ZTW 7×7 CNC machine

After reading a bunch of positive reviews, I purchased a Zen Toolworks 7×7 CNC machine on eBay.  It came with three SST43D2121 stepper motors, a 3-axis Univelop TB6560v2 motor controller , and a spindle (high speed 36v milling motor).  There is a remarkable absence of documentation for this stuff on the internet…hopefully this blog post will help.

I purchased a a MeanWell model S-100F-12 12v power supply ($20 on eBay) that supplies 12V/8.5A and connected it to the +7, +12v, GND inputs on the motor controller; numerous posts indicated that the 7v input can take 12v and so far I’ve had no problems with that.


The wiring to the stepper motors is just as described on ZTW’s website:

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Stepper motor wiring

The motor controller has two sets of DIP switches for each motor: one has 2 switches and the other has 4 switches.  On the 2x switches I set 1,2=ON.  On the 4x switches I set 1=ON and 2,3,4=OFF.

DIP Switches

DIP Switches

This configures the motors for minimum (20%) current and smoothest movement (1/16 microsteps, 0% decay).  This was determined by trial and error.  Using the lowest load setting was important because the software I’m using (LinuxCNC) turns the motors on when powered; they are either held locked in place or driven (moving) but never turned off; so they are constantly drawing power…with 20% current, they stay cool and the 12v supply is never drawing more than 9.x Watts for all 3 motors and the controller.  Using the 1/16 microsteps made a huge difference in smoothness of movement; otherwise moving the motors was very noisy.

The motor controller connects to the computer using a straight-through DB-25 cable.  The pins are used as follows:

2 = Out = Step X
3 = Out = Dir X
4 = Out = Step Y
5 = Out = Dir Y
6 = Out = Step Z
7 = Out = Dir Z
8 = Out = Enable Y
9 = Out = Enable Z
14 = Out = Enable X
10 = In = Emergency Stop (low***)
11 = In = Limit X (low***)
12 = In = Limit Y (low***)
13 = In = Limit Z (low***)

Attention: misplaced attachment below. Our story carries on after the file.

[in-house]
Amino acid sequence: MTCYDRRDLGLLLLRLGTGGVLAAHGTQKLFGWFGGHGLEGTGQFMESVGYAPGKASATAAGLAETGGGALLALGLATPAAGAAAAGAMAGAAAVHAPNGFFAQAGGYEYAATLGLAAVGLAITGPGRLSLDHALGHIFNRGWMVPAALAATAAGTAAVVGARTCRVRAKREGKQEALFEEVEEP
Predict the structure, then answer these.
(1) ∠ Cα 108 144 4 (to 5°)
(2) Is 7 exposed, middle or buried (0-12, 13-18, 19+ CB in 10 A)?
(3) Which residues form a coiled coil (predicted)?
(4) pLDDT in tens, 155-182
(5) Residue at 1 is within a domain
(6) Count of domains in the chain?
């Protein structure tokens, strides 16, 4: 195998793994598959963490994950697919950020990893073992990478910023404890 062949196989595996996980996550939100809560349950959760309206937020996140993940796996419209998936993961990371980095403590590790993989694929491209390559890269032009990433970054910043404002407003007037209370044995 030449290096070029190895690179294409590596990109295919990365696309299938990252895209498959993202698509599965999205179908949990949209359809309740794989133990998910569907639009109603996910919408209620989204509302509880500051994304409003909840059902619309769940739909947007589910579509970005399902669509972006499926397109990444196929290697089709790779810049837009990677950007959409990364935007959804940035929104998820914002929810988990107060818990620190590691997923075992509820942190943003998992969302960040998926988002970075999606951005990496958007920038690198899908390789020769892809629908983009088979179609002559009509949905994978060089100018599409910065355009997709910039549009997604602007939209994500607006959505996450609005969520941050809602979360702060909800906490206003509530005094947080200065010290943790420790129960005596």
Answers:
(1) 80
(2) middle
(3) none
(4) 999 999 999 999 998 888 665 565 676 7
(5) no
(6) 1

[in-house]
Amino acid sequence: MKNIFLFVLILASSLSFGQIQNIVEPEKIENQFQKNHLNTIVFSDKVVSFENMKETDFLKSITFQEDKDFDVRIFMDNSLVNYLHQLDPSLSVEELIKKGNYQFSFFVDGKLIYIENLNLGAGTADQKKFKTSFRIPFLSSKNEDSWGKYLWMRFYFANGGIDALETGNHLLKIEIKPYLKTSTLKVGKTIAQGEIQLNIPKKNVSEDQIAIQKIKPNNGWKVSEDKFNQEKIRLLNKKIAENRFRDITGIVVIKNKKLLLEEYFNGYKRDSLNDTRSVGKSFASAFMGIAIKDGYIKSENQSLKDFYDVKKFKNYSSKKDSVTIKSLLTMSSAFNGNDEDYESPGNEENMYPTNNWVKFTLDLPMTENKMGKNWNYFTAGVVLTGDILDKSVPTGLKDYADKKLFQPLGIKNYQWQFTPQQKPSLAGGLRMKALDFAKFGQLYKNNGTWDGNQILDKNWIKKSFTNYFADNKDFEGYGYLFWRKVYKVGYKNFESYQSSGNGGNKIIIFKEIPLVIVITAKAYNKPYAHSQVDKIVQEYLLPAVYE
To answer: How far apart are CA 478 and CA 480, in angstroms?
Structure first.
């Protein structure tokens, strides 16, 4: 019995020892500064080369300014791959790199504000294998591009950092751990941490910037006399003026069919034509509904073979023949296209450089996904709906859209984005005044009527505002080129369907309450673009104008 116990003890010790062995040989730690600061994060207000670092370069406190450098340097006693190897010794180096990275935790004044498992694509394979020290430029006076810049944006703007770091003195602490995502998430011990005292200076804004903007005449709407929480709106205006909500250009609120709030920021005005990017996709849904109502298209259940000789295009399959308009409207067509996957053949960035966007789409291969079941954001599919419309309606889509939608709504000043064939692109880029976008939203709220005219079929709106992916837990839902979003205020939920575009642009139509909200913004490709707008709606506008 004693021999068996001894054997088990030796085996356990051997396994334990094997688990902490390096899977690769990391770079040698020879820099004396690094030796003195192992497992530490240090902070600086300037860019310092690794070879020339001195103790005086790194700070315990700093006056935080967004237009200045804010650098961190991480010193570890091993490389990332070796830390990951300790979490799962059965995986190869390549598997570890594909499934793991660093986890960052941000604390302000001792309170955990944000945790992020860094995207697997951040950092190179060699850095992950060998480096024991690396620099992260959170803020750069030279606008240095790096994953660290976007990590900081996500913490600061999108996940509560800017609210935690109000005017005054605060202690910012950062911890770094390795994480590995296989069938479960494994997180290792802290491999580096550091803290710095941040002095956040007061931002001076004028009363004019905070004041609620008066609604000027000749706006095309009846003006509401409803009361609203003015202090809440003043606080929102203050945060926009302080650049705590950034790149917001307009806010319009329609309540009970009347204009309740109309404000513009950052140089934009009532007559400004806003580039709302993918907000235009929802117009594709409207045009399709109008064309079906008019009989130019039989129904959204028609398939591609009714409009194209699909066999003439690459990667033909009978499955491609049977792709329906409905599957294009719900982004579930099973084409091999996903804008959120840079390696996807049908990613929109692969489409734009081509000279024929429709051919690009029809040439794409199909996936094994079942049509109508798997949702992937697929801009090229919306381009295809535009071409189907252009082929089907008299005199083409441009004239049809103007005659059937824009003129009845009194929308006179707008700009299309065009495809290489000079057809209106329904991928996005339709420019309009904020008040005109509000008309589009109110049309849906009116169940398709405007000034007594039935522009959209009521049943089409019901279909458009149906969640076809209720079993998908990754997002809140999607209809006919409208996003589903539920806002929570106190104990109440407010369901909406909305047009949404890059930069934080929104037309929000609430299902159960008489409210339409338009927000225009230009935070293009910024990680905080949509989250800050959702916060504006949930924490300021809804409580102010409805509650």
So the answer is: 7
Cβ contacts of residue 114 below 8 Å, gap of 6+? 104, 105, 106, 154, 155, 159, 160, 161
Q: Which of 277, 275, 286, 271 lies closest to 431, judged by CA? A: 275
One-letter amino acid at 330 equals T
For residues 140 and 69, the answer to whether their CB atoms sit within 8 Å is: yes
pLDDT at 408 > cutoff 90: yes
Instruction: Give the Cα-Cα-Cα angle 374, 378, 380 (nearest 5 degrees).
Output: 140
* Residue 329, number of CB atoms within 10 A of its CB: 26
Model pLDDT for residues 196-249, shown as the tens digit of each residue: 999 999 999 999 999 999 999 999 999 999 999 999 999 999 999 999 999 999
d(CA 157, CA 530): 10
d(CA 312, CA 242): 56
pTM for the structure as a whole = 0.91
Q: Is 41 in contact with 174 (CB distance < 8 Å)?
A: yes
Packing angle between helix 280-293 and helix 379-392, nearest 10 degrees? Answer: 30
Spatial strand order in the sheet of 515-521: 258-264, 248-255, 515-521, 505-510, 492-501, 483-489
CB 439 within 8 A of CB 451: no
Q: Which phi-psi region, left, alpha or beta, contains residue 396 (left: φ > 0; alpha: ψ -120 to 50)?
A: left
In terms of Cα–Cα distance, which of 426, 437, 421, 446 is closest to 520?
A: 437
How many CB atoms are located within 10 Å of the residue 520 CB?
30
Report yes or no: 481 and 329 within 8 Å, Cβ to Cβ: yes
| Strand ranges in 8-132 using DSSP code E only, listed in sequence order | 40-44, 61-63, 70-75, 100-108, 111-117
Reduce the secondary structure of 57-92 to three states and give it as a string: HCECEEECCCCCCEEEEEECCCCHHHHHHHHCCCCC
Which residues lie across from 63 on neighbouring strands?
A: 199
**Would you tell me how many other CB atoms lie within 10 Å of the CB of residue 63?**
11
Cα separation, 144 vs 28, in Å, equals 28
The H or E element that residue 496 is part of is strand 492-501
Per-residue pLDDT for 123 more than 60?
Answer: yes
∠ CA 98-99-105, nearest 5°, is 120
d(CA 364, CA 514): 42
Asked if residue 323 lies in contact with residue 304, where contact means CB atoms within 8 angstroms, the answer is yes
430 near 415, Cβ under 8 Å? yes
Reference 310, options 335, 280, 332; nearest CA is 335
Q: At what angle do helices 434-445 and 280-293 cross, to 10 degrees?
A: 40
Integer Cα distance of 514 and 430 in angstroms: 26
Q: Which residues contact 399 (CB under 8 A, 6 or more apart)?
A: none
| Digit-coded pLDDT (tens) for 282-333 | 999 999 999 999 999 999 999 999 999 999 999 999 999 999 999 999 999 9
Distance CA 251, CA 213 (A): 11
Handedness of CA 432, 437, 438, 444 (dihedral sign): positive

1,15,16,17 = N/A = Not Utilized
18-25 = GND
***Signals are Active Low

Note that the Enable line must be active (high) for a motor to turn.  When properly configured, the software will enable the motor when the machine is powered and disable the motor when the emergency stop button is pressed (in software or hardware) which powers-down the motors.

I’m using LinuxCNC for the control software; it’s free and I like linux.  You can read about it here.  The software is extremely configurable which makes figuring the setup out problematic.  The software comes with two configuration wizards; one is for stepper-motor-based machines.  I used this and created a configuration file named ztw7x7, but the wizard doesn’t allow you to configure the Enable pins properly.  In the end, I had to edit the .hal file by hand to add definitions for Xenable, Yenable, and Zenable.  This link was very helpful.  I’ll post the edited file shortly.

There are many good choices for controlling NEMA17 stepper motors (1.2A/phase) including Arduino (Uno or Mega2560) with GRBL software (optimized for Mega2560 here) with a CNC shield using the Allegro A4988 or  TI DRV8255 drivers (1-2A w/fan) or TB6600 stepper motor drivers (3.5A).  See install info here.  Note that the drivers must be adjusted for max current and many suggest adding over-voltage protection for them including a 100uF cap across the motor. I would consider a suitably sized TVS diode instead because most 100uF caps aren’t rated for the ripple current they would experience.

Replacement spindles are available with 775 motors and the same ER11 spindle.